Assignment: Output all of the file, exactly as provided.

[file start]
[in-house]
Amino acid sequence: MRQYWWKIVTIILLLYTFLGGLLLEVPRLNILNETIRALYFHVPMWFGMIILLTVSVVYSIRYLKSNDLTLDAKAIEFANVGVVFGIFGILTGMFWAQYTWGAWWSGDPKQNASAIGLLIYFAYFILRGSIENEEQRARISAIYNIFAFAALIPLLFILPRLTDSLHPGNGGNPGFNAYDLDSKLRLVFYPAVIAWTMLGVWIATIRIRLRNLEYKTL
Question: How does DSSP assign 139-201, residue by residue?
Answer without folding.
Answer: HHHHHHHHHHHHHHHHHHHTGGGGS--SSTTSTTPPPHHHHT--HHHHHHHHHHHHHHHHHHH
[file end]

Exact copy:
[in-house]
Amino acid sequence: MRQYWWKIVTIILLLYTFLGGLLLEVPRLNILNETIRALYFHVPMWFGMIILLTVSVVYSIRYLKSNDLTLDAKAIEFANVGVVFGIFGILTGMFWAQYTWGAWWSGDPKQNASAIGLLIYFAYFILRGSIENEEQRARISAIYNIFAFAALIPLLFILPRLTDSLHPGNGGNPGFNAYDLDSKLRLVFYPAVIAWTMLGVWIATIRIRLRNLEYKTL
Question: How does DSSP assign 139-201, residue by residue?
Answer without folding.
Answer: HHHHHHHHHHHHHHHHHHHTGGGGS--SSTTSTTPPPHHHHT--HHHHHHHHHHHHHHHHHHH